great adventure at sea story
I am attracted to any film with George Sanders. That rich voice and elegant mannerisms intrigue me mainly because they often mask a personality always slightly in crisis. He makes a good captain and especially one not quite up to the task. The little girl riveted by her love for her parents is excellent but I was happy to see her finally tossed into a lifeboat. the endless crying, as real and powerful as it was, was becoming a distraction. Woody Strode is excellent as the one crew member who understood his duty and worked his tail off in an effort to save the trapped Dorothy Malone. I'm not too sure what it would be like to play a part throughout and entire movie while wearing no shirt, however. But in the staid 1950s, the idea of a black man risking so much to save a white woman and restore her to her family had to send a shattering message to those who failed to see African Americans as true human beings capable of having rock solid moral values. This is a good adventure story and probably just as good as Poseidon Adventure except that it's right-side-up. Even the ship plays its part quite well; it's old, worn out, the paint is chipped, the rooms are shabby and it's obvious it's heading to the scrap yard. This end for a grand old ship is more dignified. This is an excellent adventure movie and the voice over narration adds to the drama of the story. I'm glad TCM shows this movie and I hope they continue to do so.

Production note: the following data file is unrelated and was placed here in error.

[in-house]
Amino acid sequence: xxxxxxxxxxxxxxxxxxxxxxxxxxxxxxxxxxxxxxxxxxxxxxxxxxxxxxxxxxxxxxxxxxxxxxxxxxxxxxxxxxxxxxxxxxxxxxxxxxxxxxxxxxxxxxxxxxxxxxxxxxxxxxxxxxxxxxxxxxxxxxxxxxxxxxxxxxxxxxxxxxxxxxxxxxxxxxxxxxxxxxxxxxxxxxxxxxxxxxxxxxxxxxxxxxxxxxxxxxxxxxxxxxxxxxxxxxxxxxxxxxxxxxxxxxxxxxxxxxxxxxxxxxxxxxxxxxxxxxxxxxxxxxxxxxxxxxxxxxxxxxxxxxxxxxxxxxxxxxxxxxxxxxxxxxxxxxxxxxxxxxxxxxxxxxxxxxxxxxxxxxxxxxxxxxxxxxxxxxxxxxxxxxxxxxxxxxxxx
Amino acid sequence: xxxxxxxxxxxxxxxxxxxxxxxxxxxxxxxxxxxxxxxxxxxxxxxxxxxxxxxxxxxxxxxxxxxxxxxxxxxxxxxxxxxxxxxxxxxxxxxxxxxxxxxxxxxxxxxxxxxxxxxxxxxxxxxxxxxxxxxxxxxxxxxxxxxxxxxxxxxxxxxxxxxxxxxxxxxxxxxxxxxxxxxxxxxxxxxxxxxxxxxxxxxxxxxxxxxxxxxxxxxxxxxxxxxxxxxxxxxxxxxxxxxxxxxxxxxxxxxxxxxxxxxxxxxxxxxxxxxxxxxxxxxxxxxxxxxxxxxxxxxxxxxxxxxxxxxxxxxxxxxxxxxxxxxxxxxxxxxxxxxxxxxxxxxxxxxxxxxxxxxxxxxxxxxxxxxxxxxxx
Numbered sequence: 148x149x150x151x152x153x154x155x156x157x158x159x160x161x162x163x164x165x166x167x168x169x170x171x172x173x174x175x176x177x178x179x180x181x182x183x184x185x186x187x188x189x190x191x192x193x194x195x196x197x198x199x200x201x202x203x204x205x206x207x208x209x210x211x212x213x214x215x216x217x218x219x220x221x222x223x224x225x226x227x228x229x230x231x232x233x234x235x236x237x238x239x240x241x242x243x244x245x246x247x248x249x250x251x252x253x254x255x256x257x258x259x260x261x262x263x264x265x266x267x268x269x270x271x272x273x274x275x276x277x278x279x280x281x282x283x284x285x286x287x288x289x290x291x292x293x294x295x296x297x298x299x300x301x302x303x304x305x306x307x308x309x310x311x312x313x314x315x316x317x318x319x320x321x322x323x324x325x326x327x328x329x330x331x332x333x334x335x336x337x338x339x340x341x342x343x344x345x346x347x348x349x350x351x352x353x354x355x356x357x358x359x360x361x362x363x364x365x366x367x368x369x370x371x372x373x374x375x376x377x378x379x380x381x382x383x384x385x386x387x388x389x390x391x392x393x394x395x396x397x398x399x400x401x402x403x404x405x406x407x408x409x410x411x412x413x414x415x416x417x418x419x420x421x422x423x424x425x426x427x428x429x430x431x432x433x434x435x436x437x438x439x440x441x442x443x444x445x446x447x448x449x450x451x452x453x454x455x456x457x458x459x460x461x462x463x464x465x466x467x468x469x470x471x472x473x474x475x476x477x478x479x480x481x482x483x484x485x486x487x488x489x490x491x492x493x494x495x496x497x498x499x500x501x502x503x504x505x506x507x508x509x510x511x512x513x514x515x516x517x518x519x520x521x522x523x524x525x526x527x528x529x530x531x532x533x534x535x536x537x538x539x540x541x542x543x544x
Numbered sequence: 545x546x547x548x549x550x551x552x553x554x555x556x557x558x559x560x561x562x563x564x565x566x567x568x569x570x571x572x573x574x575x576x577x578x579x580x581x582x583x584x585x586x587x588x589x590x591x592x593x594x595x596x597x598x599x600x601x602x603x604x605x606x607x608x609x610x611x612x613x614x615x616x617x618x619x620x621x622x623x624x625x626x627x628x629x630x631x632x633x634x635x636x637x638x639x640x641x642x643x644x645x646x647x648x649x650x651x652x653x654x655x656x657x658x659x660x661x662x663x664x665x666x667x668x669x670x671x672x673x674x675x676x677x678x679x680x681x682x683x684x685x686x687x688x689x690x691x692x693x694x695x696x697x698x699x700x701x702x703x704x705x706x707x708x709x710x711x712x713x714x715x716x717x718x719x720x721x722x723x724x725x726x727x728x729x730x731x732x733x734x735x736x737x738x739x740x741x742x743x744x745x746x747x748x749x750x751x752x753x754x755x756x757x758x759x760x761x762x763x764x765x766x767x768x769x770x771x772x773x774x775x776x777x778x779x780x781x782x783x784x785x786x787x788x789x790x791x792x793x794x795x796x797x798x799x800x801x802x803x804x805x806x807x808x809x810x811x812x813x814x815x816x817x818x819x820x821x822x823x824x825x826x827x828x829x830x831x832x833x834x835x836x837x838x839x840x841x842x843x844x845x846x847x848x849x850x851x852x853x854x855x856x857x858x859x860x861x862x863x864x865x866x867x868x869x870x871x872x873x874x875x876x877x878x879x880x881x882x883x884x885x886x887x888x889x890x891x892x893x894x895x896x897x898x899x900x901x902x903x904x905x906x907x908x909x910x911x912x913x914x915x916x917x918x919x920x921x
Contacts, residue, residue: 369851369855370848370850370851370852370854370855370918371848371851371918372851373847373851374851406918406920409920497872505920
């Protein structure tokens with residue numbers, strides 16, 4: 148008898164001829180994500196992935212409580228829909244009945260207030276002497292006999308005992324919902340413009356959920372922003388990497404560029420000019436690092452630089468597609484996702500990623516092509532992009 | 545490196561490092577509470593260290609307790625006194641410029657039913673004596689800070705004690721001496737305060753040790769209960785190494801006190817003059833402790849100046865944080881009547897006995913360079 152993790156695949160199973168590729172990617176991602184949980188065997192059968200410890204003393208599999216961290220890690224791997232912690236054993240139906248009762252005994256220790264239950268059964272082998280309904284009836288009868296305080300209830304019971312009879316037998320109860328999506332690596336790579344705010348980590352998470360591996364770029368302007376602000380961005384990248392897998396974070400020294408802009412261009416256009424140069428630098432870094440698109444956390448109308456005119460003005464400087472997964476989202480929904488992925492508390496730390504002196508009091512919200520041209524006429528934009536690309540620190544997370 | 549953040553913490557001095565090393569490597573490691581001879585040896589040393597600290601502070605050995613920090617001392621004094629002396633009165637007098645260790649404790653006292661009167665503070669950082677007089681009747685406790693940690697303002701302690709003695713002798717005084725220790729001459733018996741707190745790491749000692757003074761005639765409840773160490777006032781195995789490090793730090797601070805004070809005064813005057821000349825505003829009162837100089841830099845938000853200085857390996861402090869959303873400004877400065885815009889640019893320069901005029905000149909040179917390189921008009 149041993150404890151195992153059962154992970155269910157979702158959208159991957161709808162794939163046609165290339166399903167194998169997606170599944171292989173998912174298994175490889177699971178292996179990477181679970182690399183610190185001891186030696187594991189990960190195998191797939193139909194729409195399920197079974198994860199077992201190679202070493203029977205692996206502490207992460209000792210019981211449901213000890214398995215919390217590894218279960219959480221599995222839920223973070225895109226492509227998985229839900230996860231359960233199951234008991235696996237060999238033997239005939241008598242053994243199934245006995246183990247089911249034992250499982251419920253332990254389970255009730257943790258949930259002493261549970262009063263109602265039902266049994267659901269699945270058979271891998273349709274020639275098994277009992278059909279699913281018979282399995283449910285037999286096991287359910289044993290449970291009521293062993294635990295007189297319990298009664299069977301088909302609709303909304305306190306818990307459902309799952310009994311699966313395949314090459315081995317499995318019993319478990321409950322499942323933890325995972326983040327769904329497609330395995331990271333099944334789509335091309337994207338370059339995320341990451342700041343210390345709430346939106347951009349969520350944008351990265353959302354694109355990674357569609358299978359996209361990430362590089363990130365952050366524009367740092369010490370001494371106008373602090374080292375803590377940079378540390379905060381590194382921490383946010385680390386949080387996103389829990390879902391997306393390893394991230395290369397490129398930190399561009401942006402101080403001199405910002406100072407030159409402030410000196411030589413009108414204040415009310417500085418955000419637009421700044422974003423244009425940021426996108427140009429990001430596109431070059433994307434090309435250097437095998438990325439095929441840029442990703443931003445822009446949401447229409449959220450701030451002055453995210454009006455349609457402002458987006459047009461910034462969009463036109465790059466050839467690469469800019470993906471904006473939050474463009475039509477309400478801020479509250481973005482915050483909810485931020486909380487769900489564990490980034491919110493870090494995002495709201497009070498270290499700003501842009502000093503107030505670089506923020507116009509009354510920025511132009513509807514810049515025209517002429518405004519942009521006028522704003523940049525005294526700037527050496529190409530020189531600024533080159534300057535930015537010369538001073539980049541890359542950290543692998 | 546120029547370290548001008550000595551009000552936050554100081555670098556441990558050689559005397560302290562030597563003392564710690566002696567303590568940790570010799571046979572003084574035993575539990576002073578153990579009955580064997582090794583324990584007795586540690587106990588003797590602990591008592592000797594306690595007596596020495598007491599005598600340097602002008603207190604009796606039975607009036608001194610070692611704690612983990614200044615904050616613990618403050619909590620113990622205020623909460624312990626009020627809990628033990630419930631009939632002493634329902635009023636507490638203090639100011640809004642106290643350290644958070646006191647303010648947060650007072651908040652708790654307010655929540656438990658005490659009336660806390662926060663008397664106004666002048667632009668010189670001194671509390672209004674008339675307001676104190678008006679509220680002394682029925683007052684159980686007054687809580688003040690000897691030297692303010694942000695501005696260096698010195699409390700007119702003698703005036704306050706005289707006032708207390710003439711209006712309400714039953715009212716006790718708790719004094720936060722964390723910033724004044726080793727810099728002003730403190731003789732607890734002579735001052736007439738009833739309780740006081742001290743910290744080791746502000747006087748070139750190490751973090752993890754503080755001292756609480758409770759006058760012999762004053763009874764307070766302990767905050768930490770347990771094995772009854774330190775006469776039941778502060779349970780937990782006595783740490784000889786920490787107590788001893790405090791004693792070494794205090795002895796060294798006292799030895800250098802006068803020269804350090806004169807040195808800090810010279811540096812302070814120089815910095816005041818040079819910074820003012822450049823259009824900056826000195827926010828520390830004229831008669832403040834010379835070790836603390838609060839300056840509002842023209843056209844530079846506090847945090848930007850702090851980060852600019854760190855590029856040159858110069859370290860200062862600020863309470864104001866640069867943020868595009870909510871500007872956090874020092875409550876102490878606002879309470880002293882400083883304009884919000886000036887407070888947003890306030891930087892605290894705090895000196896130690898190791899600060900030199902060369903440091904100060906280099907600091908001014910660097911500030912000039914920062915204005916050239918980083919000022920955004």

No music underscores the action . . .
- Kirsten I.